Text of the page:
Skip to content ↓

Copleston High School

As well as being a fundamental qualification to acquire, English is also a varied and interesting subject that students enjoy. At Copleston High School, students study a range of texts for English Literature, including poetry, drama and Victorian as well as modern texts. For English Language, we develop close reading and analytical skills and learn to write in a range of genres and for a variety of audiences and purposes. We value personal, independent reading and also promote speaking and listening skills.

The Department

Ms Peirce - Head of English/KS4 coordinator

Mrs Haigh - KS3 Coordinator English/A Level Literature Lead

Mrs Orrin - Teacher of English/A Level Language Lead/Assistant Principal Curriculum Implementation

Mr Byrne - Teacher of English

Mr Cowley – Teacher of English

Mrs Conroy - Teacher of English and Media/Literacy/EAL

Mrs Moon - Teacher of English

Ms Wren - Teacher of English and Drama

Mrs Bastable-Aradia - Teacher of English and Drama/AHOY

Ms Barton - Teacher of English

Mr Webb-Cook - Teacher of English/Literacy Coordinator

Mrs Dean - Teacher of English 

Ms Butchart - Teacher of English

Mrs Carnegie - Teacher of English

Ms Allaker - Teacher of English

Ms Johnston - Teacher of English and Media


Key Stage 3

The English curriculum in years 7 and 8 develops students’ skills and knowledge to access the GCSE courses they will study in Key Stage 4. Lessons build on students’ existing knowledge, developing reading and analytical skills by studying a variety of fiction and non-fiction texts. Writing skills are mastered through the rigorous teaching and self-awareness of technical accuracy. Years 7 and 8 are seen as the foundation to a continuous learning journey through to GCSE and, where appropriate, A Level study.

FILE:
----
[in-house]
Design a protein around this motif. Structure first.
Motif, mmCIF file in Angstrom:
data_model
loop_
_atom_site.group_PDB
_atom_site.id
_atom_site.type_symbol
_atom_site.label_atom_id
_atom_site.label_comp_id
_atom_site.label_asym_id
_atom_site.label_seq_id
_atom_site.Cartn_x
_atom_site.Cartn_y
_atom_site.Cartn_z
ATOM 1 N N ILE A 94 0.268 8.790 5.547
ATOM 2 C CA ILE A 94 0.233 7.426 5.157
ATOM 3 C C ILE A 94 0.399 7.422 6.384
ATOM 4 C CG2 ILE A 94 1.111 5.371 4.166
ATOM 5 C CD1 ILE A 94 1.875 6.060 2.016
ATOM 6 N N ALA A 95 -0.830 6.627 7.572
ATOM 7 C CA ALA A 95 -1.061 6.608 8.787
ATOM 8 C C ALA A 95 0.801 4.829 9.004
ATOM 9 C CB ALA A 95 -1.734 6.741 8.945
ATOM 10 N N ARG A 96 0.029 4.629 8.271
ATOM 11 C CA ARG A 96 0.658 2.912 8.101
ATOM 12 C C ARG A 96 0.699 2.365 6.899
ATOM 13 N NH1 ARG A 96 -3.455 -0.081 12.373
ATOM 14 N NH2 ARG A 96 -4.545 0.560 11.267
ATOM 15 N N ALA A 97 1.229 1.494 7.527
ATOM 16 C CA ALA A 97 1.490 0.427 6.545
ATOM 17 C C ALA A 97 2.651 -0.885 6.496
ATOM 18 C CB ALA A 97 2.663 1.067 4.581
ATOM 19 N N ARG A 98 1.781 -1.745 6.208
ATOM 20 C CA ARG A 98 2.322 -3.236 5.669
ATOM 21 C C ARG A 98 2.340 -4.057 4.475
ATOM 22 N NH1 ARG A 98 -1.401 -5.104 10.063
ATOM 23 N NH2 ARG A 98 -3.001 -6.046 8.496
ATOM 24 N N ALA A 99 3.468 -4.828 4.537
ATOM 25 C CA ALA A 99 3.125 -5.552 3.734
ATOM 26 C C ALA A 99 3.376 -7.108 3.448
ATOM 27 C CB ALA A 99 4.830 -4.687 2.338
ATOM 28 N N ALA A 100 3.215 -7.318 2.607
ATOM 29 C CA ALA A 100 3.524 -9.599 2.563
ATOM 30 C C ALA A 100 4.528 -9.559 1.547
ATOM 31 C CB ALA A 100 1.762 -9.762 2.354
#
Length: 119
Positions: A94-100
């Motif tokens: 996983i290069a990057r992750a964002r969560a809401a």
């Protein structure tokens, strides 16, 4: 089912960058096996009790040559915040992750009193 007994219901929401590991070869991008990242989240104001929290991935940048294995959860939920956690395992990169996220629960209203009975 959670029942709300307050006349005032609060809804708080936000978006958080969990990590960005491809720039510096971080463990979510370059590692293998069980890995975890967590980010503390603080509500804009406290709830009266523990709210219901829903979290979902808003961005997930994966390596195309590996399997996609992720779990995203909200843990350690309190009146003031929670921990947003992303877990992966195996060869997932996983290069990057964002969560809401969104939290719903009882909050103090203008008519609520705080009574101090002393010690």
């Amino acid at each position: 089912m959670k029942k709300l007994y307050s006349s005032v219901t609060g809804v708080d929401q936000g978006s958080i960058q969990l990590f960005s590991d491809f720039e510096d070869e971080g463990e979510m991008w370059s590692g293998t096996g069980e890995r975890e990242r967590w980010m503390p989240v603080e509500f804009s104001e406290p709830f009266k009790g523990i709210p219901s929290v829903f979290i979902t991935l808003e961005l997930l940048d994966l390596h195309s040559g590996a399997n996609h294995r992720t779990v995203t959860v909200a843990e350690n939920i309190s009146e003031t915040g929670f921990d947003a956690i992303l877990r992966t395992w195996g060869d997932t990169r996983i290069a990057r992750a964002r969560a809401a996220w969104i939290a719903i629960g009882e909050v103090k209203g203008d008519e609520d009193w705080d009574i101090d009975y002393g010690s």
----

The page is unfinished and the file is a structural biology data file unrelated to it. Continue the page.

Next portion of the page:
If you would like further information about the topics and themes being taught please contact: or


Key Stage 4

Eduqas GCSE (9-1) in English Language and English Literature
Students study two courses across the three years. The English Language course focuses on developing the skills for two exam components. The reading aspect requires students to read and answer questions on twentieth-century fiction and nineteenth and twenty-first century non-fiction writing, developing their comparative skills for the final question on each paper. The writing tasks include narrative and transactional (purposeful) writing. For the English Literature specification, students will read and analyse ‘Romeo and Juliet’ by William Shakespeare, ‘A Christmas Carol’ by Charles Dickens and ‘Blood Brothers’ by Willy Russell. They will also study and learn 18 poems from the Eduqas anthology. There will also be a spoken and listening assessment in year 10.

If you would like further information about the topics, themes or assessment for this course please contact

Key Stage 5

OCR GCE A Level English Language H470
Analysis of unseen texts.
Language diversity according to region and gender.

Creative partisan piece responding to a topical issue.
Child language development from 0-7 years.
Language change over time from 1600 to present.
Non-examined assessment includes a language investigation and original writing.